Plants that heal

Student presentations in ethnobotany on local plants that have healing users.

Tremay Esiel presented the use of Premna serratifolia (Premna obtusifolia), Pohnpeian oahr, to treat fever via an umwulap (herbal steam bath).

Tumeric ginger used in coconut oil to treat and prevent fungal skin conditions

Ann-Julie Hainrick presenting tumeric

Mary-Ann Henrybrought in the larger leafed Premna serratifolia, known on Pohnpei as topwuk. As with the small leafed oahr, this plant can also be used for fever. The black fruit are also used to treat Herpes zoster, locally known as kilsarawi. The ripe fruit is also used in the treatment of the Herpes zoster induced disease chicken pox.

Raydeen Julios of Mwoakilloa brought in Senna alata. The Mwoakillese name for the plant is soahn kihdo. The word suggests linkages to both Kosraen's sra kito and the Kitti word for leaf, toahn, rendered as tehn in the northern municipalities of Pohnpei. Sra and soahn both refer to leaf. On Pohnpei the plant is known as tuhkehn kilin wai, where kilinwai, kihdo, and kito, all refer to the same skin condition. Tuhke means tree. The leaves are used to treat a variety of fungal skin conditions. The leaves are either rubbed vigorously into the affected skin, or a coconut oil is produced containing Senna alata and applied to the skin after bath.

Genrisa Kovac of Pohnpei shared a Pohnpeian use of Clerodendrum inerme, ilau, to treat dark spots on the skin. The ilau is mixed with copra scrapings and rubbed on the skin daily.

Mitchell Marino of U on Pohnpei noted the efficacy of Piper methysticum (sakau) leaf for the staunching of blood flow from a cut.

Natasha Oliver of Mwoakilloa also presented on Senna alata as an anti-fungal.

Yostrick Rosario of Pohnpei also noted the use of Clerodendrum inerme for umwulap in the treatment of viral respiratory illnesses.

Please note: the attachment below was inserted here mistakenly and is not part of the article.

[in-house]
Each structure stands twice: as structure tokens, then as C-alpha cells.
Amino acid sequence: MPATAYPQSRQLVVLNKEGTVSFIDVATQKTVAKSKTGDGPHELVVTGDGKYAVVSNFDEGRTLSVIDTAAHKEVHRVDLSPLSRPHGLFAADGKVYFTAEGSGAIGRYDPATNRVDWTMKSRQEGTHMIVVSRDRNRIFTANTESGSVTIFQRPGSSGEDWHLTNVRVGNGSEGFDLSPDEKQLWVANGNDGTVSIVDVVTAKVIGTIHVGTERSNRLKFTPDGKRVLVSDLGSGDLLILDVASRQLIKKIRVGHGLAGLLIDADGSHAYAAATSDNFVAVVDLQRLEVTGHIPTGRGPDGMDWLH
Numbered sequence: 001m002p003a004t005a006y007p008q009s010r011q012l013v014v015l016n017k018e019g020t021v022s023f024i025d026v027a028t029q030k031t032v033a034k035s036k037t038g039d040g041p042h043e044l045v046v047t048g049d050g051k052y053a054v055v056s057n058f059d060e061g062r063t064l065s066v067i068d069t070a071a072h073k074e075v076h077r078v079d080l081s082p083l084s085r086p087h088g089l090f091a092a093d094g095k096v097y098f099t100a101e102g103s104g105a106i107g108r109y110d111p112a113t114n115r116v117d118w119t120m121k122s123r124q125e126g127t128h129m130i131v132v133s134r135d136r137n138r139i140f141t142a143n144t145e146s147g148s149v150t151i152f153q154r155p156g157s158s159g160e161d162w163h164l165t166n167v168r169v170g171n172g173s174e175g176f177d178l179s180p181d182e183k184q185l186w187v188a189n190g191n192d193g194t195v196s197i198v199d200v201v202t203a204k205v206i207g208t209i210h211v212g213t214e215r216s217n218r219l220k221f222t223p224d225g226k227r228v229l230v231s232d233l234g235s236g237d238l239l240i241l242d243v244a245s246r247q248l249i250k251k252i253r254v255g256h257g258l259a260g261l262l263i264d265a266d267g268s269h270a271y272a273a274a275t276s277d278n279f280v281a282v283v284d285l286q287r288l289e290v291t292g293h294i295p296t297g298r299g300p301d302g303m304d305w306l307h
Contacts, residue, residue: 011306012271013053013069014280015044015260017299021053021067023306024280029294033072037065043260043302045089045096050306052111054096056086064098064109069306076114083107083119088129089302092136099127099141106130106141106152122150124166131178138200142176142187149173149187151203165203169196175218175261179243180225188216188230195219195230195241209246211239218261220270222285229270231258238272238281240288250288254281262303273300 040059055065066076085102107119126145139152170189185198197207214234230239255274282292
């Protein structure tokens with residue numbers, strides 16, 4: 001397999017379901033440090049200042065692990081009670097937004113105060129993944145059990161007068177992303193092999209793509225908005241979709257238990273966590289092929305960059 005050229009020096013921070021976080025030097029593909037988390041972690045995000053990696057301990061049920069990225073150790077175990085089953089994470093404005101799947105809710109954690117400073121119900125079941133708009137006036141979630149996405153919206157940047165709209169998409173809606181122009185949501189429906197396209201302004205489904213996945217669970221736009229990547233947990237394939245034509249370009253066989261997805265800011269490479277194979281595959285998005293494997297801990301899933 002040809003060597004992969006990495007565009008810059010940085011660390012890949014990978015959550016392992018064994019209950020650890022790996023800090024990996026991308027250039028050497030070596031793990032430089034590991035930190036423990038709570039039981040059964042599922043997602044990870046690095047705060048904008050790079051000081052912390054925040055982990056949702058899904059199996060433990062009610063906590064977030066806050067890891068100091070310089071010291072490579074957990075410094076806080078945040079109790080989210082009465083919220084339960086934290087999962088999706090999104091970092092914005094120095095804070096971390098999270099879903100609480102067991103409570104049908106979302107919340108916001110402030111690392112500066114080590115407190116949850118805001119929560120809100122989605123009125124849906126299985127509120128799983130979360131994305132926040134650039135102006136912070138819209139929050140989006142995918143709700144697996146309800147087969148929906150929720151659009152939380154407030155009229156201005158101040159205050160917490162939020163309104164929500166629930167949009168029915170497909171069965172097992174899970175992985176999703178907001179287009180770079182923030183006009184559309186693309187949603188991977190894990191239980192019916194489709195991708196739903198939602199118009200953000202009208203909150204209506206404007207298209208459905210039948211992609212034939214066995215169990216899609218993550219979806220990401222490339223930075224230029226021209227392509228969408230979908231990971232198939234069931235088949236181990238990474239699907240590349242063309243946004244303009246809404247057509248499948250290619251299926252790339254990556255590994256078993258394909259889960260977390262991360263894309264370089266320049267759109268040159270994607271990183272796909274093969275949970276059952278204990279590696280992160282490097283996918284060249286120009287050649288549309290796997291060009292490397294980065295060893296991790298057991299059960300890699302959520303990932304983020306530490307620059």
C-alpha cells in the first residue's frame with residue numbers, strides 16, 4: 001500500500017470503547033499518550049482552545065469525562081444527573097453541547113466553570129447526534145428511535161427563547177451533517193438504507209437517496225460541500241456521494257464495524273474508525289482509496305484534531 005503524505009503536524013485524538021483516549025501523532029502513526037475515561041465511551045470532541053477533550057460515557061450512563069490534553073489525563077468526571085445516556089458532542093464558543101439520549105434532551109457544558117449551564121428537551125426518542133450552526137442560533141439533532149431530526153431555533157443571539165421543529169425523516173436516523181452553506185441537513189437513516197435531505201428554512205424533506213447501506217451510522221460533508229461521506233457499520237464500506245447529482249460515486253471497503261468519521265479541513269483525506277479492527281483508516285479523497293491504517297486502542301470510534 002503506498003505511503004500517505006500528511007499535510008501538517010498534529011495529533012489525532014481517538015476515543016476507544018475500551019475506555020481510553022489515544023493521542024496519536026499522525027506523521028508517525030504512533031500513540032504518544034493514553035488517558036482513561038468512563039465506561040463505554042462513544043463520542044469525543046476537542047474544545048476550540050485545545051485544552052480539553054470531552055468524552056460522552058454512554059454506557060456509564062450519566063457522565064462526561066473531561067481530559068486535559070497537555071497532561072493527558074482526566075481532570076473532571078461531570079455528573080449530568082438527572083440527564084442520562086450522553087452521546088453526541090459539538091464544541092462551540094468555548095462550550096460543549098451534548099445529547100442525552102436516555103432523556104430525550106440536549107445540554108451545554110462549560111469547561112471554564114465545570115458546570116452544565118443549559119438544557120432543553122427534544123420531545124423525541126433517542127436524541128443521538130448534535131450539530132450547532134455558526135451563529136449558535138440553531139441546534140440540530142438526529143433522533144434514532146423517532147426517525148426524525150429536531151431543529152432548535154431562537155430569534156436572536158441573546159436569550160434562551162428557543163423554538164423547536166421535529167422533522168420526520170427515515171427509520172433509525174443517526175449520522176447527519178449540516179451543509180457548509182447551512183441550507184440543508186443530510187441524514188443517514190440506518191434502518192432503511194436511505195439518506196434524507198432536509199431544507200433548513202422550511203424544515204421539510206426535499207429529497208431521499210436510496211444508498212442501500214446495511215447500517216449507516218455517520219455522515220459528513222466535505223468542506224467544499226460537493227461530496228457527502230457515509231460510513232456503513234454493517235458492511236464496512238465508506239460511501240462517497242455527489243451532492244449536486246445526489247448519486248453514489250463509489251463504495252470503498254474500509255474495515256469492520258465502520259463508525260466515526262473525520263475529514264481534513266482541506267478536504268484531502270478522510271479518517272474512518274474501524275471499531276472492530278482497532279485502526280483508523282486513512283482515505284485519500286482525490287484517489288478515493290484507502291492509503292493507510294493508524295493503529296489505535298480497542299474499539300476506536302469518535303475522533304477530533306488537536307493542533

Dannia Route of Pohnpei brought in coleus, Solenostemon scutellarioides, koramahd on Pohnpei, to treat salengamat (bad ear smell). The juice is squeezed into the ear to treat this condition. The condition is likely the result of bacteria or fungii in the outer ear canal.

Sasha Santiago of Pohnpei brought in Piper ponapense, konok, and claimed that if one end of the stem of the plant blown into, a liquid will come out the other end of the stem that relieves the symptoms of pink eye.

LynnJella Seilo of Kuttu, Mortlocks, brought in Terminalia catappa leaves. Terminalia catappa is also known as an Indian almond or sea almond. The tree is known by the Chuukese name of asas. The old leaves, once they have turned red, are infused in boiled water. The water is then cooled and used to bathe the eyes of someone who has pink eye to relieve the symptoms of pink eye.

Theodore Sigrah of Kosrae explained the guava leaves can be boiled in water to produce an antiseptic bath used to prevent infection in foot wounds and cuts.

April Suzuki of Pohnpei noted the use of a mixture of crushed Clerodendrum leaves (ilau) and coconut milk to produce a hair conditioner that yields long, silky black hair.

Rose Jany Torres brought in Morinda citrifolia, known as weipwul on Pohnpei, and covered its use in an umwulap to treat fever.

Lienna Zarred of Oneop in the Mortlocks brought in Morinda citrifolia. Lienna noted that while Kuttu refers to the tree as "nen" - a word also found in lagoon Chuukese - on Oneop the tree is called "nin." Heated leaves of the tree are placed on a woman's belly post-partum to help her heal internally after delivering a baby. The young, bitter fruit is also used to prevent and treat sea sickness. Eating the fruit helps stop sea sickness.

Grant Jonas of Kosrae noted the use of guava leaves in the treatment of diarrhea.

Naoya Ogaki of Japan explained the use of Hydrocotyle ranunculoides (chidomegusa) to stop bleeding in Japan. Hydrocotyle ranunculoides is known commonly as water pennywort, floating pennywort, or floating marshpennywort, is an aquatic plant native to north and south America. This may be a misidentification as Hydrocotyle ranunculoides was first identified in Kyushu as an introduced species in 1998. The correct identification might be Hydrocotyle sibthorpioides, lawn pennyroyal. Images of the plant appear similar to a plant that a Yapese student once planted in the ethnobotanical garden at the college, a plant that has since disappeared. Lawn pennyroyal has a longer history of use in Japanese ethnobotany.


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